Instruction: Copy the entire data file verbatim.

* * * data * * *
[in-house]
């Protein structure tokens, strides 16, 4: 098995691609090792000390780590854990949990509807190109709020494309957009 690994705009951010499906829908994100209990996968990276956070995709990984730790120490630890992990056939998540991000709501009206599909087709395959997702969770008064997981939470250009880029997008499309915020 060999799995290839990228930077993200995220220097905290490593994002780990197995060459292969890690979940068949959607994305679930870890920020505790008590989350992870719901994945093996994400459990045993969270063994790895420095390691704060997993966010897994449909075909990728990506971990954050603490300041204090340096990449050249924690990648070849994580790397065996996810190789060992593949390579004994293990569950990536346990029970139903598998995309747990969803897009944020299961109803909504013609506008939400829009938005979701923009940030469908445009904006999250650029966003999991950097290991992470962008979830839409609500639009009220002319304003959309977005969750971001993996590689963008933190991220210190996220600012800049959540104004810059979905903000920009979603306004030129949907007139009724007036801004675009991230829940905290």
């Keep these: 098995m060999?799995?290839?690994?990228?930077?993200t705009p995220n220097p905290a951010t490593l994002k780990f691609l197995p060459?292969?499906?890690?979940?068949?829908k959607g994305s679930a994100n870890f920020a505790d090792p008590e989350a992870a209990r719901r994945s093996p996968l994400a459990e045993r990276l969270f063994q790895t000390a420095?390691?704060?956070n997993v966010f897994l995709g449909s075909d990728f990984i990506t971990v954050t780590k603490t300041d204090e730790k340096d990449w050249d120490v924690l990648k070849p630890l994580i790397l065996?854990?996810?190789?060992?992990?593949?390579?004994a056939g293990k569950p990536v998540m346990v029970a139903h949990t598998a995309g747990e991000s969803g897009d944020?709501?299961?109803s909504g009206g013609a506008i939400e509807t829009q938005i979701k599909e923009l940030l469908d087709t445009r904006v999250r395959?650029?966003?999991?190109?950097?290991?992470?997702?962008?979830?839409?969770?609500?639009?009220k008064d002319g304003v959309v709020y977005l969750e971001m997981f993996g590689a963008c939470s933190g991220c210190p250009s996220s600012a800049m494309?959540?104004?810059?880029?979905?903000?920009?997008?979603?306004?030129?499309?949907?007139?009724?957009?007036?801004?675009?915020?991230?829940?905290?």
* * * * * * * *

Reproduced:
[in-house]
């Protein structure tokens, strides 16, 4: 098995691609090792000390780590854990949990509807190109709020494309957009 690994705009951010499906829908994100209990996968990276956070995709990984730790120490630890992990056939998540991000709501009206599909087709395959997702969770008064997981939470250009880029997008499309915020 060999799995290839990228930077993200995220220097905290490593994002780990197995060459292969890690979940068949959607994305679930870890920020505790008590989350992870719901994945093996994400459990045993969270063994790895420095390691704060997993966010897994449909075909990728990506971990954050603490300041204090340096990449050249924690990648070849994580790397065996996810190789060992593949390579004994293990569950990536346990029970139903598998995309747990969803897009944020299961109803909504013609506008939400829009938005979701923009940030469908445009904006999250650029966003999991950097290991992470962008979830839409609500639009009220002319304003959309977005969750971001993996590689963008933190991220210190996220600012800049959540104004810059979905903000920009979603306004030129949907007139009724007036801004675009991230829940905290």
């Keep these: 098995m060999?799995?290839?690994?990228?930077?993200t705009p995220n220097p905290a951010t490593l994002k780990f691609l197995p060459?292969?499906?890690?979940?068949?829908k959607g994305s679930a994100n870890f920020a505790d090792p008590e989350a992870a209990r719901r994945s093996p996968l994400a459990e045993r990276l969270f063994q790895t000390a420095?390691?704060?956070n997993v966010f897994l995709g449909s075909d990728f990984i990506t971990v954050t780590k603490t300041d204090e730790k340096d990449w050249d120490v924690l990648k070849p630890l994580i790397l065996?854990?996810?190789?060992?992990?593949?390579?004994a056939g293990k569950p990536v998540m346990v029970a139903h949990t598998a995309g747990e991000s969803g897009d944020?709501?299961?109803s909504g009206g013609a506008i939400e509807t829009q938005i979701k599909e923009l940030l469908d087709t445009r904006v999250r395959?650029?966003?999991?190109?950097?290991?992470?997702?962008?979830?839409?969770?609500?639009?009220k008064d002319g304003v959309v709020y977005l969750e971001m997981f993996g590689a963008c939470s933190g991220c210190p250009s996220s600012a800049m494309?959540?104004?810059?880029?979905?903000?920009?997008?979603?306004?030129?499309?949907?007139?009724?957009?007036?801004?675009?915020?991230?829940?905290?």